- Historic Sites
A SUBMARINE COMMANDER TELLS WHY WE ALMOST LOST THE PACIFIC WAR
December 1980 | Volume 32, Issue 1
My surreptitiously retained file of war-patrol reports of Trigger , Tirante , and Piper (submarine numbers 237, 420, and 409) still makes fascinating reading, to me at least. Trigger (SS 237), completed at Mare Island, California, early in 1942, started her career slowly, but as we learned our dreadful business her improvement was steady. Before she died, a tired old submarine at age three years, she had been, for a time, the highest-ranking sub in the Pacific Fleet in terms of overall damage to the enemy.
I hold the honor of being the next-to-last “plank owner” (crew-member when first commissioned) to leave the Trigger , after rising from assistant engineer to executive officer during my twenty-nine months aboard. I had entertained ideas of just possibly becoming her skipper before it was all over, but it is just as well the Navy had different plans for me. Poor old Trigger came to the end of her allotted time in March, 1945, just as I arrived back in the war zone as “exec” of the brand-new and much more formidable Tirante . At war’s end I was skipper of the Piper , in the Sea of Japan. By that time the coasts of Japan had become far more familiar to us than our own, and the waters offshore—and all over her “co-prosperity sphere”—were littered with sunken wrecks.
But it was not so at the beginning; and in those old patrol reports, starkly written nearly forty years ago, lie the details. In most cases we did not then even know what was happening. Our guesses were crude at best; we know much more today. Today those reports tell how near I came to never having the chance to grow older, or be married, or have a family, or be promoted beyond the rank of lieutenant, or to write this article. All this was on the line for everyone in the combat branches during the war, of course. But for those serving in our submarines in 1941,1942, and 1943, these risks were more often the fault of our own ordnance than that of the enemy.
On October 20,1942, I heard the loudest noise I have ever heard. For a microsecond I thought I had been killed. A blinding flash enveloped me, and I thought, instantaneously, without articulating a single word in my mind: “This is how it feels. It’s all over. So suddenly. I don’t feel anything, and probably never will again.” But it wasn’t over. The blinding flash was from a light bulb, dangling on a short extension of wire to protect it from depth-charge shock, which had been extinguished by unscrewing it slightly on “darken ship.” In our dimly lighted conning tower it hung, unnoticed, exactly in front of my nose. When the warhead went off, the bulb was shocked into searing brilliance, burst into the night-adapted retinas of my eyes. It was minutes before I could see again; but it was only seconds before I knew I was still alive. Such a feeling has to be experienced to be savored.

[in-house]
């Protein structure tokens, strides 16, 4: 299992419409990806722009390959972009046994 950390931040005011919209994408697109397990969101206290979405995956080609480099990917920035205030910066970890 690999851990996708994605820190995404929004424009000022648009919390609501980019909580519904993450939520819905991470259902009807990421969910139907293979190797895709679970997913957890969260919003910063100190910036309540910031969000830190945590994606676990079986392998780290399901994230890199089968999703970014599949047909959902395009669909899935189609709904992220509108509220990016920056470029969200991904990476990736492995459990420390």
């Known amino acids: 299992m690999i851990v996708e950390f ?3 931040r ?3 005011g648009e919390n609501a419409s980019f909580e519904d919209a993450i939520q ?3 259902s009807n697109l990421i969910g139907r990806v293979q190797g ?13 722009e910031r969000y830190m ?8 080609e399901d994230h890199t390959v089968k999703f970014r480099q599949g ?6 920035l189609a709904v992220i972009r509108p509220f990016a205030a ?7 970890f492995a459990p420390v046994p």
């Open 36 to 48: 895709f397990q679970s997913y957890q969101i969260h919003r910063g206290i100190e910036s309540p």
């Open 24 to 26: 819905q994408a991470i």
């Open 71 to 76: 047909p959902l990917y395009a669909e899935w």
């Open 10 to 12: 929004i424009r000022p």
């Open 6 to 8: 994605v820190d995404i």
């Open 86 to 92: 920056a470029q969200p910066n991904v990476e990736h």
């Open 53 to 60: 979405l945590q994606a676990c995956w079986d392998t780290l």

We had been tracking an unescorted tanker at night, and judging the moon too bright for a surface attack, had submerged to close the range and fire our torpedoes. Sonar heard some of our fish detonate, presumably against the side or bottom of our target, and seconds later reported “high-speed screws” in her vicinity. Then came a distant explosion, which we thought might be a depth charge dropped by the tanker, and a moment later, with catastrophic suddenness, a violent detonation extremely close aboard which, in the words of our patrol report, was “absolutely not a depth charge.” The report goes on: “After the explosion, Sound reported the tanker’s screws were starting and stopping close aboard. Started for periscope depth. Sound reported high-speed screws near the target. …”
We sincerely believed we had sunk the target and that the high-speed propellers came from a motor lifeboat. But the official endorsements of our report credited us only with “damage,” and it now seems fairly likely that it got away, totally unhurt. The “violent explosion” was one of our torpedoes, running in a circle and coming back upon us. The magnetic or “influence” exploder, fitted to our torpedoes with great secrecy, was designed to set off the torpedo warhead at the highest reading of a target’s magnetic field, directly under its keel. Thus, since we were at one hundred feet keel depth at the time, the fish must have gone off directly overhead. Venting most of its explosive force upward, in the direction of least pressure, it had failed to sink us.
So ran the train of thought, but there were doubts which this theory could not explain. At one hundred feet depth to our keel, our conning tower was only about seventy feet below the surface. The torpedoes had been set to thirty feet, and we knew, even if Washington refused to admit it, that they ran up to twenty feet deeper than set. An explosion of eight hundred pounds of torpex only twenty feet away, even if directly above us, would have finished us. Could it be that it had detonated farther away, some distance off to the side, upon entry into our magnetic field instead of at its strongest (and therefore nearest) point? Could our two “hits” on the tanker, heard and timed correctly, also have been upon entry into the target’s field instead of on passing under her keel? Could they have failed to damage her, just as that extraordinarily violent explosion had shaken, but not damaged, us?